When coronavirus-related restrictions lift in India, food deliveries are going to get a little lift too. Swiggy, one of India’s largest online food delivery platforms is planning to begin food deliveries via drone.
Small-scale deliveries are set to begin in a relatively small area in two different cities, Ropar and Etah as part of a pilot program. The food deliveries will be done by Swiggy, one of India’s largest online food delivery platforms. The deliveries are set to begin as soon as mid-July, subject to easing of coronavirus-related restrictions.
For now, operators expect drones will make an estimated 25 – 50 flights per day at launch — with plans to scale up from there.
How it works
In the city of Ropar, the drones will be part of the journey to bring snacks, other food items and beverages on-demand to residents in and around the IIT Campus in Ropar.
Anyone who downloads the Swiggy App can place an on-demand order and — if they’re in the right location — will have a drone deliver their food part of the way. The customer will then get real-time flight tracking, so they’ll know exactly when their delivery will arrive and where in the air it is.
The model being tested is much like what another drone delivery company, Flytrex, tested in Iceland. The item starts at the restaurant or store where it was ordered from, and is brought via ground transportation to a drone launch site. The order is then transferred to a drone and flown to another drop site. From there a Swiggy driver will make the final delivery by motorcycle to the customer’s doorstep.
It also means you likely won’t actually see the drone bringing you your food (like what other drone delivery companies such as Wing are doing), since a human on a motorbike ultimately brings it to your door.
For what it’s worth, a drone delivering to doorsteps — especially in highly dense areas, like Ropar — is unfeasible, for now.
“Population density is high,” said Amit Ganjoo, founder and CEO of ANRA, a UTM company headquartered in Virginia that is largely facilitating the deliveries. “Factoring in terrain and obstacles, it is not practical to have a drone deliver to the doorstep given the environmental variables.”
The current version of the SmartSkies Delivery app only tracks the drone while it’s in the air, so you won’t necessarily see it transitioning to the bike, though Ganjoo said they have multimodal tracking in the works.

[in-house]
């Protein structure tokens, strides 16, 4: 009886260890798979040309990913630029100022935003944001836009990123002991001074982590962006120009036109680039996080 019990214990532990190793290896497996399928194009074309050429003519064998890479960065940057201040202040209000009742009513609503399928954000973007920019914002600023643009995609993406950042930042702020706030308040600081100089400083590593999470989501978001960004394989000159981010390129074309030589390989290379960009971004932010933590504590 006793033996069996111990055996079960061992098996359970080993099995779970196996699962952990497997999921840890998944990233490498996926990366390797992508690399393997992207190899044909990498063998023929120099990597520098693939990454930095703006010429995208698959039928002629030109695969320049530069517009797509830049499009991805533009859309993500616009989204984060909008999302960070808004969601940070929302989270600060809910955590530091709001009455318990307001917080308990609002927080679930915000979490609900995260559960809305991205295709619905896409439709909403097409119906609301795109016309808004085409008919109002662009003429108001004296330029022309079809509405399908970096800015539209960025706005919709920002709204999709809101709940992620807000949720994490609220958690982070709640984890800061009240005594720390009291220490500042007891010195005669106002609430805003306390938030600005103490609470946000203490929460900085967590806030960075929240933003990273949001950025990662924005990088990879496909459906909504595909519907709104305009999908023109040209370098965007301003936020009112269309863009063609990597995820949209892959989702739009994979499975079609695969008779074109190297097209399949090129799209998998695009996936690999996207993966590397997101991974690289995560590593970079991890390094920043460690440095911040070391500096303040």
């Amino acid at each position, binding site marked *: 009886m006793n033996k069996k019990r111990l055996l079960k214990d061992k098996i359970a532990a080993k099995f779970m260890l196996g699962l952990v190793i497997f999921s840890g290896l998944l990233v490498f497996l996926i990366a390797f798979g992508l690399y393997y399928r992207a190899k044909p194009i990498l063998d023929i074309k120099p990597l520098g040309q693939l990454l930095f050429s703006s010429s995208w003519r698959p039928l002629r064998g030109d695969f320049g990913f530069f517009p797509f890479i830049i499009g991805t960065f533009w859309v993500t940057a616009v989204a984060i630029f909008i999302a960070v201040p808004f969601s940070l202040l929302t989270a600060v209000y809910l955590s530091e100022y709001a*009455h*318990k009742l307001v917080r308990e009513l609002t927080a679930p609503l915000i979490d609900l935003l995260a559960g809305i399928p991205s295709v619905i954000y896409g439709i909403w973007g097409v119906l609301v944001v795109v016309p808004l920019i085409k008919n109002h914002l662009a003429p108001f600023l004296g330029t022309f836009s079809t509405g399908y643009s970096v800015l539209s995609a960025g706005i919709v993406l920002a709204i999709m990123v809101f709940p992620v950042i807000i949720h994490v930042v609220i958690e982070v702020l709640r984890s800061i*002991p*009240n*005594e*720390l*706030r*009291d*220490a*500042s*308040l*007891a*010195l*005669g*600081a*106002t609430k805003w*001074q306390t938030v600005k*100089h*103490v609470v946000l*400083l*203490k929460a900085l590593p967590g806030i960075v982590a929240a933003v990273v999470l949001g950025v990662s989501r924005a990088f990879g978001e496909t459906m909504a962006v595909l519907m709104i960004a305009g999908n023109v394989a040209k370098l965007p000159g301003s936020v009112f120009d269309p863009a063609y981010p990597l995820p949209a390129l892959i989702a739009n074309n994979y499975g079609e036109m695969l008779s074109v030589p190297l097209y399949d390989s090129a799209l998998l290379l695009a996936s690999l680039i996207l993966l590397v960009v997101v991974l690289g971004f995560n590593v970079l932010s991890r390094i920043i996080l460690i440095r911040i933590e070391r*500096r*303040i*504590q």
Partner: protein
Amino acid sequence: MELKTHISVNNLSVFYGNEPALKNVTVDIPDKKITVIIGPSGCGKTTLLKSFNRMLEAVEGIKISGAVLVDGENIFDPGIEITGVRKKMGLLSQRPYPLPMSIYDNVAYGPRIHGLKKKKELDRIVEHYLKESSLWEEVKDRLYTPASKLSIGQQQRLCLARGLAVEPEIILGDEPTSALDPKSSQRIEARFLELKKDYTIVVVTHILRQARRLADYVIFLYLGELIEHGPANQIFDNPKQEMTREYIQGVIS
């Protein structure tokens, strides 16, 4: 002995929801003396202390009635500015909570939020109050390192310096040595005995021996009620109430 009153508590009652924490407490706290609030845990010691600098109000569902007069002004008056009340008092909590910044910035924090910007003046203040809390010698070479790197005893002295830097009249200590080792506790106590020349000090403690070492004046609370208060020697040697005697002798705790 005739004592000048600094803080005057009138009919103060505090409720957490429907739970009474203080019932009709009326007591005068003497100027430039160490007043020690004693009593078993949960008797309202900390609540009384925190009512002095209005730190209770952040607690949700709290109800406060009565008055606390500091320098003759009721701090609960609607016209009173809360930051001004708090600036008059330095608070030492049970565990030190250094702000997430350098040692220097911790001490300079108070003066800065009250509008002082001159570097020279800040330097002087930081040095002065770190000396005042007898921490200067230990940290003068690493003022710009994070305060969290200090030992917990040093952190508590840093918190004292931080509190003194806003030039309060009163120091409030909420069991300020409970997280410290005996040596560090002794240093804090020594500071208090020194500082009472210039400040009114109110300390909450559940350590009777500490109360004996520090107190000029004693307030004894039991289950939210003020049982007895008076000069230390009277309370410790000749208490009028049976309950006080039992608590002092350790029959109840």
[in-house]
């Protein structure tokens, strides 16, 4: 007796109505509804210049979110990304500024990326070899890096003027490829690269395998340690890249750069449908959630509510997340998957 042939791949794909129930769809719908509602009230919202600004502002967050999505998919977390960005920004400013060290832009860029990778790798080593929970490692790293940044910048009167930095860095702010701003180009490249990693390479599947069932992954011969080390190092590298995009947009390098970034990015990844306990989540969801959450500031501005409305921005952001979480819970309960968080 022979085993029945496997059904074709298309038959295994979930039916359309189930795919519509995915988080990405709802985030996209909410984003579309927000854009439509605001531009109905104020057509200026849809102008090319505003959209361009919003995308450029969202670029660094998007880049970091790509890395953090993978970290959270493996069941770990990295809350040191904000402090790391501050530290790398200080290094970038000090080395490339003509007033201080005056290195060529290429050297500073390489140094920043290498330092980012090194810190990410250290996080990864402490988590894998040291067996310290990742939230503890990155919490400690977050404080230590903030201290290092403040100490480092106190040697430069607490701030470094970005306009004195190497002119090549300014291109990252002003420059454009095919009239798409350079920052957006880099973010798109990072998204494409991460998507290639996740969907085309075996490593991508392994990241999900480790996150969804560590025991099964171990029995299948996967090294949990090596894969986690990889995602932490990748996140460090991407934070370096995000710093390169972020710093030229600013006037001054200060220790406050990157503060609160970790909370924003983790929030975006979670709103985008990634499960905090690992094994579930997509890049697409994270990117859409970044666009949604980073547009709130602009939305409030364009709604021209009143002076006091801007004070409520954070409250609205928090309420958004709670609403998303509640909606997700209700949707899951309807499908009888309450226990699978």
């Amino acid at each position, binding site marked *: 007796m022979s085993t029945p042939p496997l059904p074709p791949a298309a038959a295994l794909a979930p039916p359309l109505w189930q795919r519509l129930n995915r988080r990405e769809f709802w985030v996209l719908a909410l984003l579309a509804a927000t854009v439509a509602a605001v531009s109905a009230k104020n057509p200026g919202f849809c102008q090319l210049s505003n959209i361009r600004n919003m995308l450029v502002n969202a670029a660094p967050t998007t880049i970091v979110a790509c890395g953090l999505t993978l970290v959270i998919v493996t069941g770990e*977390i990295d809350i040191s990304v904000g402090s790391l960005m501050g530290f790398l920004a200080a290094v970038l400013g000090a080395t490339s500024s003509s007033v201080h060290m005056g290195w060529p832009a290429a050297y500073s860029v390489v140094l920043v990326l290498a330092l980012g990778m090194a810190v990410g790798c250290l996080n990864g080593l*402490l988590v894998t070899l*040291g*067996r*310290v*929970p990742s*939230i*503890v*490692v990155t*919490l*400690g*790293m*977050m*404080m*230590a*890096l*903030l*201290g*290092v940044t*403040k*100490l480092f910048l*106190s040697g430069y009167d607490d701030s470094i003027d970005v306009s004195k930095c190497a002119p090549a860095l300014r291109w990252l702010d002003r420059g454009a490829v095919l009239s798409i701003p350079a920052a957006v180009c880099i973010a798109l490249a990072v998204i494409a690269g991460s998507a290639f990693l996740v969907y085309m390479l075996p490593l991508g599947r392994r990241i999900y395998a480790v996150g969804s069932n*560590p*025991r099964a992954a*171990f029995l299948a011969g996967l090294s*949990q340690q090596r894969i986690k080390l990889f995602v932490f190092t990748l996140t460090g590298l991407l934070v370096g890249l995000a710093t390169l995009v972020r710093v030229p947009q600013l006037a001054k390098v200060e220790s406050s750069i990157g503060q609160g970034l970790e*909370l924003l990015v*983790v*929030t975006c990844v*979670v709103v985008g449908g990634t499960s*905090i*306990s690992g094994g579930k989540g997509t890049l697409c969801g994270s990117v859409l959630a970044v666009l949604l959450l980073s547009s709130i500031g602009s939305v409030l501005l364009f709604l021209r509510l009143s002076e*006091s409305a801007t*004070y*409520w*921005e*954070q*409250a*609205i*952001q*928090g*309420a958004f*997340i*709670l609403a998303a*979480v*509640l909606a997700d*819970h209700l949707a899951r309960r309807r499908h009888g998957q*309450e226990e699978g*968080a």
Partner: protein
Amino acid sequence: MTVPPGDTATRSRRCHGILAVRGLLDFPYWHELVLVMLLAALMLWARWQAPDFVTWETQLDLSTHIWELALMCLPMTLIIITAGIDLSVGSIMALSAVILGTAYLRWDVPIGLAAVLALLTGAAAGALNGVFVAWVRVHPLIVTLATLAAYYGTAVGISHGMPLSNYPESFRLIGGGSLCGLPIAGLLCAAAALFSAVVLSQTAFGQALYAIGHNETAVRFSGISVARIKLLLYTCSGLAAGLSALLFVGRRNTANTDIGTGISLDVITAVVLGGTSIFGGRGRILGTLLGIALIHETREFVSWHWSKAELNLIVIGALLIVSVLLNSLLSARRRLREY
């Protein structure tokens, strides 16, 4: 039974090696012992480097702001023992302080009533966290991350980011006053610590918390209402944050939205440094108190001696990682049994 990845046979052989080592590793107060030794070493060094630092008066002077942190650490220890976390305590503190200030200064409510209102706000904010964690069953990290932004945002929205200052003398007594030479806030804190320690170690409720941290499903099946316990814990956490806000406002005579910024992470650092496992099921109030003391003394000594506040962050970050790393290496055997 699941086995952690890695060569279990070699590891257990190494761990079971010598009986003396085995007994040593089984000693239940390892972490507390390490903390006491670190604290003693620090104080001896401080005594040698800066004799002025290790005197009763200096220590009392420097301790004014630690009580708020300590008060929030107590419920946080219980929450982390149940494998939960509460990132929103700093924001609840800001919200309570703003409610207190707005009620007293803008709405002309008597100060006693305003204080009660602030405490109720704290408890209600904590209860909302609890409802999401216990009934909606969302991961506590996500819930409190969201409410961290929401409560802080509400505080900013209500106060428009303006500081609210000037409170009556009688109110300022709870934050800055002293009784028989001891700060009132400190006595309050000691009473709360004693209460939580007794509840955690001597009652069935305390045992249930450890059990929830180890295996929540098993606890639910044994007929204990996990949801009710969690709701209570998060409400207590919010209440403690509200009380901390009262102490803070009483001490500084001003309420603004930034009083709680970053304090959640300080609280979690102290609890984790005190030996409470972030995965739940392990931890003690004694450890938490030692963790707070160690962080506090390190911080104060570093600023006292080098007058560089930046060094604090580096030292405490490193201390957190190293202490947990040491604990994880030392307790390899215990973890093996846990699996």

Behind the scenes, the deliveries are enabled by ANRA SmartSkies CTR and SmartSkies Delivery platforms. Though, the ANRA SmartSkies Delivery app simply runs in the background of the main Swiggy app, so the customer experience remains with Swiggy.
For now, the deliveries are restricted to a 8 sq. km area around the IIT Campus in Ropar. For context, 8 sq. km is about half the size of the Los Angeles International Airport, and about 2.5x the size of New York’s Central Park. Ganjoo said there will be about 10 launch and drop sites.
Ganjoo said that for now, most of the initial flights will not fly over people — though he added that could change as testing continues.
What this means for broader drone deliveries in India, and worldwide
The delivery announcement comes in the wake of news that ANRA Technologies, a drone traffic management and operations company led the charge for the Indian Ministry of Civil Aviation to grant exemptions for drones flying behind the operator’s line of sight.
If the pilot project is successful, it could further establish ANRA as a leader in the development of India’s nationwide operational UAS Traffic Management platform called Digital Sky. It also presents opportunities to further research and test UTM-related concerns like Remote ID, reliability, and interaction between UTM service suppliers. Experts have long said that establishing UTM systems that work is key to enabling large-scale drone deliveries.
This project is already taking things a step further than most drone deliveries by including secure, two-way text communication between drone pilots and airport towers. Authorized tower personnel can communicate with drone pilots using SmartSkies technology, which likely wouldn’t come into play except in the event of an emergency.
While the deliveries won’t start until coronavirus-related lockdowns lift, the people behind the project say coronavirus proves a need for food deliveries via drone.
“The recent COVID 19 has shown that remote and unmanned delivery of essential items can not only be a useful business proposition but can be a life-saving endeavor aimed at restricting infections under such emergencies,” said S K Das, Director at IIT Ropar.